That's not totally true I just like doing this stuff and if I can eek out a living doing what I love bonus!
Very nice and interesting. I might try something similar this year. Thanks for the inspiration.
hey all

Thanks for getting so discussive on this one. Since I started it I thought I'd actually throw my own opinion in. Basically, I agree with Marshall, and others, the great thing about paper toys is that they are so often free to all, there is no elitism, there is no boundaries or anything, beginners and seasoned pros all seem to be working together for the enjoyment of it all. From what I know, the paper toy community is a much nicer, mellower, equal, sharing, and exciting place than, let's say, the vinyl toy community.

I certainly don't want to effect this vibe, not at all, if we started selling any kind of paper toys, however! My wife and I are considering some kind of 'Speakerdog deluxe paper toy set', which we'd sell, but we'd have to make it worthwhile, with good quality A3 size printed templates, and other good stuff like stickers and postcards. We'd make sure the toy template was well-printed on good paper (like how Matt has done, and Kenn Munk does too). I think in order to retain the good vibes in the community, we'd probably put the same designs up on the site for free, sized A4 templates, as with all the others. That way the sellable packs would bring in a bit of cash, which allows us to spend more time on keeping up on the normal Speakerdog paper toy stuff.

Personally, I'm not a great paper craftsman, not like so many of you guys, I'm an illustrator, who's made a big deal out of one character, one template (mostly to try and bring attention to my own artwork, since that's the business really for me). So I couldn't go out there and make models for clients, however all those who do and can... more power to ya, you have to enjoy what you do in life.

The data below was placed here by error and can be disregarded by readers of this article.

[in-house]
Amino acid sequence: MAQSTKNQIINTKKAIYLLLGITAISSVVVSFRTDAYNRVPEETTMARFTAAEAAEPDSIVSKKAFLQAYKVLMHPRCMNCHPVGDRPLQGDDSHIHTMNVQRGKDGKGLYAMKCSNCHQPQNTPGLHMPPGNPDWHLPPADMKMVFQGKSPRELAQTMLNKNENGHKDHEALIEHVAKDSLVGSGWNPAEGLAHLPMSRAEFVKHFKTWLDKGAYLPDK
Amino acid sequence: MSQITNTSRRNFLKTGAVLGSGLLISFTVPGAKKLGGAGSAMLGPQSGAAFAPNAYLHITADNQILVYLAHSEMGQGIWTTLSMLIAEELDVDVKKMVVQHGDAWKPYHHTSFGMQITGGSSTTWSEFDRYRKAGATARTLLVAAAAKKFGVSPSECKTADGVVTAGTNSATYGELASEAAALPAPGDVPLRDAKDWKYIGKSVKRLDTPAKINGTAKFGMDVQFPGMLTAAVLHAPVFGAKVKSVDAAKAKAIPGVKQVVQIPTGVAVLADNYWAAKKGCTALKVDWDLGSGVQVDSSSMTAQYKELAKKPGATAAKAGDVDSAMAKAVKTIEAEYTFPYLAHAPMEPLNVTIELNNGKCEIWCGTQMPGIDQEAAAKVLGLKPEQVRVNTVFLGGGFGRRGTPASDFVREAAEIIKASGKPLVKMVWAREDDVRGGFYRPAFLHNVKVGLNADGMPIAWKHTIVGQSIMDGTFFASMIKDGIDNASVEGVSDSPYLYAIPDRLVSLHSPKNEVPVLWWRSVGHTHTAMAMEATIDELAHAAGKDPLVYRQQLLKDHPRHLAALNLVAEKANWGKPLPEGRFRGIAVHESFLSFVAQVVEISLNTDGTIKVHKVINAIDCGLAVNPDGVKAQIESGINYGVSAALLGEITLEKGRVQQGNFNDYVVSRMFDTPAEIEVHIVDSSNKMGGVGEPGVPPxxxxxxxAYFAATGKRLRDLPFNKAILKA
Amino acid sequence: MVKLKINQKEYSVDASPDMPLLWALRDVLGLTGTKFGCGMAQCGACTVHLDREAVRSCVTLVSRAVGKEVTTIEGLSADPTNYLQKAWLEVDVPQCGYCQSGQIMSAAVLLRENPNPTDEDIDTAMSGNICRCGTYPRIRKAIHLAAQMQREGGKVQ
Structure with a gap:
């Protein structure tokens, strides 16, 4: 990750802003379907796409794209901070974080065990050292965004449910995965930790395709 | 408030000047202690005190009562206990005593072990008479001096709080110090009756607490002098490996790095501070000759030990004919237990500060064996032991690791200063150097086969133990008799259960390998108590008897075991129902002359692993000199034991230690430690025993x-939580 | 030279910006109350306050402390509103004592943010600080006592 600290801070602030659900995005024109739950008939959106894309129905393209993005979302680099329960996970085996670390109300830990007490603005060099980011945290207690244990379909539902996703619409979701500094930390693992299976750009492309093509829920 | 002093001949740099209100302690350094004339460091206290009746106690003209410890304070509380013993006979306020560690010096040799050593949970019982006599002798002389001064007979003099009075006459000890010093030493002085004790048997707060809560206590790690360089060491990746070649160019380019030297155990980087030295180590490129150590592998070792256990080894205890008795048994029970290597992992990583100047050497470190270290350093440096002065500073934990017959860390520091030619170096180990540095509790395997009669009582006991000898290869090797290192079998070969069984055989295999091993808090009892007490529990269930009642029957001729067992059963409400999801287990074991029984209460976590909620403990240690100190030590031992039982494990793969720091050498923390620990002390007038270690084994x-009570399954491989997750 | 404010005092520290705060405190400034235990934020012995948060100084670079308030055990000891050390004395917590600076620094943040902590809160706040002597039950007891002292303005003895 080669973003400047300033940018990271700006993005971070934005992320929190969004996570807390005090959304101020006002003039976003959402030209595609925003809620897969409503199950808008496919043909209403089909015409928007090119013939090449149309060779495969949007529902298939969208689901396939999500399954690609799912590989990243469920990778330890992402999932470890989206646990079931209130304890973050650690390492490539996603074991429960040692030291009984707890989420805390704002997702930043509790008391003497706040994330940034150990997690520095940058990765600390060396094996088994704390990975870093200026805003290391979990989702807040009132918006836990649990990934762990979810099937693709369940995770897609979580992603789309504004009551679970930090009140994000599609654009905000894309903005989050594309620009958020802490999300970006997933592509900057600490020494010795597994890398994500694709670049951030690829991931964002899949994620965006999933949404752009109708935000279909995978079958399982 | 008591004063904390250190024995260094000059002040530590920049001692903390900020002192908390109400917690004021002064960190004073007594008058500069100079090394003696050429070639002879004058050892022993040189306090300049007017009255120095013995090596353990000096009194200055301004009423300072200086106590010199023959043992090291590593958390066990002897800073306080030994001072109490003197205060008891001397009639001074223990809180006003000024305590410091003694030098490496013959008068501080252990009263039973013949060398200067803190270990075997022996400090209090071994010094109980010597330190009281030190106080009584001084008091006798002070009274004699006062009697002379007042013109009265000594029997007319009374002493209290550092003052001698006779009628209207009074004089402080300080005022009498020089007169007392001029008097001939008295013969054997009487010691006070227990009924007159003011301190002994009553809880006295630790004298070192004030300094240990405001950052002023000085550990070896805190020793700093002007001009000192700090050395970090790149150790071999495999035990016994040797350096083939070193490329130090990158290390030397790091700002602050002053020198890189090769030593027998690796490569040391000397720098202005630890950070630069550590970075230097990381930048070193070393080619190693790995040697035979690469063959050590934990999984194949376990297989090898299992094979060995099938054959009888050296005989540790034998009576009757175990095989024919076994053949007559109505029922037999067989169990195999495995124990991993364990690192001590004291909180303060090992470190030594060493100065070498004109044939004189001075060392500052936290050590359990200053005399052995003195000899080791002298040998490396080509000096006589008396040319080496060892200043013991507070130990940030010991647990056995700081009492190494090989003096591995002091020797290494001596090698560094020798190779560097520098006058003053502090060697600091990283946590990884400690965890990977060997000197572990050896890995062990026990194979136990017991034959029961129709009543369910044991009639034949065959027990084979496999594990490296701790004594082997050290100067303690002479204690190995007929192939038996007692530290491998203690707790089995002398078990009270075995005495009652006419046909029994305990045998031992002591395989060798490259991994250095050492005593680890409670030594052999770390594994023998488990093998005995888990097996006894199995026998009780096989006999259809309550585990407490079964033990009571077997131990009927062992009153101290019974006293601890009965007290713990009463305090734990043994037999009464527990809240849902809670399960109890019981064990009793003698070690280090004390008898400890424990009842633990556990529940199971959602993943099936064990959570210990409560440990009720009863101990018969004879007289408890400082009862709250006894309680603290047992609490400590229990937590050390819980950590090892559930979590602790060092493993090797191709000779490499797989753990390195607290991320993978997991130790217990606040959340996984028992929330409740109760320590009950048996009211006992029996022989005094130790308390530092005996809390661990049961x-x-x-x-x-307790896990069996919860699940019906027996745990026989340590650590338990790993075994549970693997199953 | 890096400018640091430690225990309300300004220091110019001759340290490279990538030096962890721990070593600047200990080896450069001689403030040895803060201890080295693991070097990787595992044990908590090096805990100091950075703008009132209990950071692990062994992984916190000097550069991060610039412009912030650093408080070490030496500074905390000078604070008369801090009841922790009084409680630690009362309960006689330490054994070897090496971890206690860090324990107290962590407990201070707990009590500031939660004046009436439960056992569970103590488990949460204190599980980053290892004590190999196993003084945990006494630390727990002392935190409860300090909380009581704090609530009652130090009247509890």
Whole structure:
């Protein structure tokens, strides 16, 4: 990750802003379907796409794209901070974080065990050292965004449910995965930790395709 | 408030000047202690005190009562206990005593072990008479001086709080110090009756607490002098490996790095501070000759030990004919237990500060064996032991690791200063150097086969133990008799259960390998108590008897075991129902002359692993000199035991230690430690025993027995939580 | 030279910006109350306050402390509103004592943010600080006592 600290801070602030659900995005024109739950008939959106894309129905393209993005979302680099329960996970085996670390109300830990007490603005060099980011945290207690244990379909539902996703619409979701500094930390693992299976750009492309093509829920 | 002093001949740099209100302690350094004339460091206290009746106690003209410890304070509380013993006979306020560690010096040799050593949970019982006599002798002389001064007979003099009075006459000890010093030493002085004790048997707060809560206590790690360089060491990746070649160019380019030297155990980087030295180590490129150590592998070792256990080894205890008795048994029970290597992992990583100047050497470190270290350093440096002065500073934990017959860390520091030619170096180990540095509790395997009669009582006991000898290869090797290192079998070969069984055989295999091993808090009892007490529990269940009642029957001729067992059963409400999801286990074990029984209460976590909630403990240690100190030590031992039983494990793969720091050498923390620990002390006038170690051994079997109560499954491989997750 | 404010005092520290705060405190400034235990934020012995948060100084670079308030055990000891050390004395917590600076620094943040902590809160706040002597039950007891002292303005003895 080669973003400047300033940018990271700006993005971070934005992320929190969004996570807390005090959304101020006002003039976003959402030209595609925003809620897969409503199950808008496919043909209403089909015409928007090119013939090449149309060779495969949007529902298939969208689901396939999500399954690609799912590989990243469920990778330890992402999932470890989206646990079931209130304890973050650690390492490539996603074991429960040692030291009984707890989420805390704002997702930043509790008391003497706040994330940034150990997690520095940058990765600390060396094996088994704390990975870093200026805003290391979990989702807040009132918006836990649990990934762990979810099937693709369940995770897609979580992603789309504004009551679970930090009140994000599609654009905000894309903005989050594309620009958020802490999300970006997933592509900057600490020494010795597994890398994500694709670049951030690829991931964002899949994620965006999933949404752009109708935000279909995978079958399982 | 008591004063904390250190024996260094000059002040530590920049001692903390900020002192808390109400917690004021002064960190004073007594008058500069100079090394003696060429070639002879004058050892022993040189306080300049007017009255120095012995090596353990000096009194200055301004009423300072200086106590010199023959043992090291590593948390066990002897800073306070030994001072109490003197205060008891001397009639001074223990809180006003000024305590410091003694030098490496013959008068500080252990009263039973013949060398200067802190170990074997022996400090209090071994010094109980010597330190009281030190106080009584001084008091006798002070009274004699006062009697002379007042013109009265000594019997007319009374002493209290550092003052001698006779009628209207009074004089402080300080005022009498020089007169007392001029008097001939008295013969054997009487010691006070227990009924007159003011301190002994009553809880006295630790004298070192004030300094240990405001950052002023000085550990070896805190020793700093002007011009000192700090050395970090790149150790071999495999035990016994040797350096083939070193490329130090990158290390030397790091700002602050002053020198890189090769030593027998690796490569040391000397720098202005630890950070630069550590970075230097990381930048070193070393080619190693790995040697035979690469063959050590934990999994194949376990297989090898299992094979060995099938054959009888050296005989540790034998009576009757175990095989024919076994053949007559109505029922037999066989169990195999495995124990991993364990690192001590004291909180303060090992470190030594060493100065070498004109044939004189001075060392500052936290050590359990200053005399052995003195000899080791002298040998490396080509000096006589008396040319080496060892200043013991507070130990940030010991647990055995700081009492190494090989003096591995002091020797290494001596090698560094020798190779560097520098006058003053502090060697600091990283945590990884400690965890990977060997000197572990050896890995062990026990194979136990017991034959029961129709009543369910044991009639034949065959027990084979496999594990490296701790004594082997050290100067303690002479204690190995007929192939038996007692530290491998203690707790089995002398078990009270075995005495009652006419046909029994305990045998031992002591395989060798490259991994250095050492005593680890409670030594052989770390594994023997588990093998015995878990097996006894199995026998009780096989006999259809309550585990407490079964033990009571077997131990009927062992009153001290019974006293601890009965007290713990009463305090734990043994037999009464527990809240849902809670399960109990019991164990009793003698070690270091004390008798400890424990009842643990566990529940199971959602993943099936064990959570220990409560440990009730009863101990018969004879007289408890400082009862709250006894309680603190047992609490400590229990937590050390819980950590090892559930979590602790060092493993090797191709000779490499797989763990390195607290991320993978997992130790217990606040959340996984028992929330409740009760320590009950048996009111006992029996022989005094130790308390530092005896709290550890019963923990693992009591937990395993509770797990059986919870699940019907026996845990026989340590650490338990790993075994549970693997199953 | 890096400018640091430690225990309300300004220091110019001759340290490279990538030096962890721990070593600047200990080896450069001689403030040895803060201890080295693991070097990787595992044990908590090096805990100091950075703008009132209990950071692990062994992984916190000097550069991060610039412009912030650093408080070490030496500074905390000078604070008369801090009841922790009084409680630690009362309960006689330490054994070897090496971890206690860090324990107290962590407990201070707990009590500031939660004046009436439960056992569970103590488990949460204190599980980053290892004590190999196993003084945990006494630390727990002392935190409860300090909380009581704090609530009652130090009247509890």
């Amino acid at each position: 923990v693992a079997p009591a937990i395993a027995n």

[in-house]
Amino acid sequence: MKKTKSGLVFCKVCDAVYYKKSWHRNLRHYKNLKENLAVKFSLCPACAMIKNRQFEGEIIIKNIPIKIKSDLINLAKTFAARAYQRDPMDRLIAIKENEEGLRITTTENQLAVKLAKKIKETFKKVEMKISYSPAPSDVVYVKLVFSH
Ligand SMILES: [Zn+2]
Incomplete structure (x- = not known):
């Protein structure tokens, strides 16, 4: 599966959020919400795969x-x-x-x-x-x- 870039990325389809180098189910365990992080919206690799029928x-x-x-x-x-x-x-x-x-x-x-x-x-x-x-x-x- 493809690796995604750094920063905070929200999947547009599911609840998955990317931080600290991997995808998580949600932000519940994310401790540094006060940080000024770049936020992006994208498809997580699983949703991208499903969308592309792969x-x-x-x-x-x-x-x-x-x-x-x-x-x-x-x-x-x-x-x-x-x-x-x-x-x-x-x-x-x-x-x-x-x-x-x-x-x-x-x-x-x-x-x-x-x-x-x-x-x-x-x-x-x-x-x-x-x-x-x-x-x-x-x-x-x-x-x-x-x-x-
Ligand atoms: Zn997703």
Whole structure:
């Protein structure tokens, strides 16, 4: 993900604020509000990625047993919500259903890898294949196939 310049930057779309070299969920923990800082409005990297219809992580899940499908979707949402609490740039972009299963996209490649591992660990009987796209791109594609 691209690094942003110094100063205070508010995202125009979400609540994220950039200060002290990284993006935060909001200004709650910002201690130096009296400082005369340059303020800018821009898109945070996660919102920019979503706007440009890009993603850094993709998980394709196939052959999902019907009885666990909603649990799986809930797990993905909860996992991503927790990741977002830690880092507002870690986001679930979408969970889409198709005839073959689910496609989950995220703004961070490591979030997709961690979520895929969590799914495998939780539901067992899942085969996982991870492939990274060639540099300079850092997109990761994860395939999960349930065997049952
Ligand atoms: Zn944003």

Thats y'all for kind words about the Speakerdog toys by the way, especially Dr.Shazam, it's really appreciated to know what's actually thought of them. To be honest, quite often Fi and I are blind to how much they're enjoyed, we know we get a lot of web traffic and a big hosting bill, but it's hard to tell how popular all the designs are, as far as I know, we're yet to be mentioned in any magazines, although they're normally obsessed with plastic, doesn't matter to us though, eh?

Saying that, there is talks about a short run of Speakerdog vinyl toys, but instead of the major USA/Japan-lead route, they'll be produced by a fantastic British toy maker at his home, stay tuned!

I have to go, I have to mention that Dr.Shazam might have an idea in some kind of co-op warehouse where paper toy artists could sell toys, but at a minimal price, and I guess special exclusive designs.

So, from what I read, people won't think I'm selling my soul if I produce some kind of sellable Speakerdog deluxe kit, right? Stay tuned for that. We made a massive Speakerdog paper toy for an exhibition just recently, well I say massive it's about 18 inches high, but I like to think that people might want one of them for themselves.

Right, now I have to go. Have cool weekends y'all.
Well the table top gaming world already has a good market for papercraft downloads(they tend to call it cardstock modeling). they work with a standard pay to download type business model. The subject matter is fairly limited to what is appropriate for table top gaming. however this does provide prof that given the right environment people will pay to download papercraft.

i also know some Japanese creators charge for download

as for earning money off of more generic papercraft or paper toys i see a few possibilities.